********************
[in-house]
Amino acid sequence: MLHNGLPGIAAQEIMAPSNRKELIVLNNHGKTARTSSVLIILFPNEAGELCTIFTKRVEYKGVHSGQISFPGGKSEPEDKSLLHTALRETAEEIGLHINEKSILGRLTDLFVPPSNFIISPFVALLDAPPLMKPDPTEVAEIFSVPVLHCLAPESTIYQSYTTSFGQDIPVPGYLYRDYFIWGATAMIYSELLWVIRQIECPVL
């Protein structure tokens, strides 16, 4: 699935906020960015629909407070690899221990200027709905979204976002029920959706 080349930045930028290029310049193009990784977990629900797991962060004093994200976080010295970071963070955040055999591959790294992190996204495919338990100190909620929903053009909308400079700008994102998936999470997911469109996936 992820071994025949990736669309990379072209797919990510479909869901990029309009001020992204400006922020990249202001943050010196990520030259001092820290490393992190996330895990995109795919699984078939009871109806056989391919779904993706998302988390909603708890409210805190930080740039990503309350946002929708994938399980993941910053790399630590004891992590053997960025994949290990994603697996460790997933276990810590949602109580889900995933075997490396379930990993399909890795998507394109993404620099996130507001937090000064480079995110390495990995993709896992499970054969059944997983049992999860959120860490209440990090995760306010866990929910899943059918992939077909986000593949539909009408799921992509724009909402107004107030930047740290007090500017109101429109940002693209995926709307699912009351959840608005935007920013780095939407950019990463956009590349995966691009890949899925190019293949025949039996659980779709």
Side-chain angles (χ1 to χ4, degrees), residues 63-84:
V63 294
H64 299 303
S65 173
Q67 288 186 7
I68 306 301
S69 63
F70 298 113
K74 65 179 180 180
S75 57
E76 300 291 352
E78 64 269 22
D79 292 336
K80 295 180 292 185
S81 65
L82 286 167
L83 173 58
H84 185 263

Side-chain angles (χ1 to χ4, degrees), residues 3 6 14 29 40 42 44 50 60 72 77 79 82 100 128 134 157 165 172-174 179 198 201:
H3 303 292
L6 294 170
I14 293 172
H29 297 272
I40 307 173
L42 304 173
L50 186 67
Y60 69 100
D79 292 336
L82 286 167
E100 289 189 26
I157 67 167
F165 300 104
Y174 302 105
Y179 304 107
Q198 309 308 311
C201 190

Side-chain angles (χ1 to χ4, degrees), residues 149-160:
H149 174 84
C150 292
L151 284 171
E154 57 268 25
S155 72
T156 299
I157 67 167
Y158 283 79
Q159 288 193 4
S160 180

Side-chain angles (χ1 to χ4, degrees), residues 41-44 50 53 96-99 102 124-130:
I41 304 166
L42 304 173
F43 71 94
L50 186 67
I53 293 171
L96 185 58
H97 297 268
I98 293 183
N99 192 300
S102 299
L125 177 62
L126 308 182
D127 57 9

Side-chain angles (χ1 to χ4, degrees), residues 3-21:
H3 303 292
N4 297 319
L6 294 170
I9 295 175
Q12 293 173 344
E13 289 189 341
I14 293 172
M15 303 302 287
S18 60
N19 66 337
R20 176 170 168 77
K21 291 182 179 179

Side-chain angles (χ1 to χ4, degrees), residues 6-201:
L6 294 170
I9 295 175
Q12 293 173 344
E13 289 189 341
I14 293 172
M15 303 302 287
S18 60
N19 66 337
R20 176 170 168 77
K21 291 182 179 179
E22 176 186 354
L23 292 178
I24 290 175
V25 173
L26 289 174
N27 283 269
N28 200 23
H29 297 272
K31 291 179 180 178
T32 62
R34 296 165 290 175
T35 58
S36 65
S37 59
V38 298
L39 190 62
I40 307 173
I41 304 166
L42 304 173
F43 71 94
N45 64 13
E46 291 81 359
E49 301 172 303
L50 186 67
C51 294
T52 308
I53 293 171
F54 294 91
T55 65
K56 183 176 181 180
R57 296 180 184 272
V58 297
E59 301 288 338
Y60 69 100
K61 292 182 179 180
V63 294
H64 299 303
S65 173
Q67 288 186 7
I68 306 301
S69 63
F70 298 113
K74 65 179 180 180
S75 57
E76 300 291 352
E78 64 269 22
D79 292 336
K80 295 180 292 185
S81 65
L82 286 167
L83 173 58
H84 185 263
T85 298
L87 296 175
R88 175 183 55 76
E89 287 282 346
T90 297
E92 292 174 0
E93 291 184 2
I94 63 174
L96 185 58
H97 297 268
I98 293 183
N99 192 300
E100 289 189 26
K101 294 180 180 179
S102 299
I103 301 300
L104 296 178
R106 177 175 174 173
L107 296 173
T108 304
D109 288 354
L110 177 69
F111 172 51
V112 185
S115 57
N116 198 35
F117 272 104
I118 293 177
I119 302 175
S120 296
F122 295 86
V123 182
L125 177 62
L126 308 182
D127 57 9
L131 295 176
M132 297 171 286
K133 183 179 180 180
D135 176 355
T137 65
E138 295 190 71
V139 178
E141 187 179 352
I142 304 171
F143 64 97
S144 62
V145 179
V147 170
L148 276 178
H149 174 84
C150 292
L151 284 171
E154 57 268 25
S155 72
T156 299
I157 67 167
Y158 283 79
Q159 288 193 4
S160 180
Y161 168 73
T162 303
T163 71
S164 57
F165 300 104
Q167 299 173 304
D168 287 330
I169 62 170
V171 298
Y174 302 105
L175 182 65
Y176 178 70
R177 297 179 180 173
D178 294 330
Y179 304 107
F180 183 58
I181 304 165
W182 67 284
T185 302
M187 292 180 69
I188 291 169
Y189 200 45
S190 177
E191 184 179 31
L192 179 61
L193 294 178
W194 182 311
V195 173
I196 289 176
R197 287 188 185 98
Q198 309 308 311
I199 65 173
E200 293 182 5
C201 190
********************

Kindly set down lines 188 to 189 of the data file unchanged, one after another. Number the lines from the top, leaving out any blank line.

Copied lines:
V147 170
L148 276 178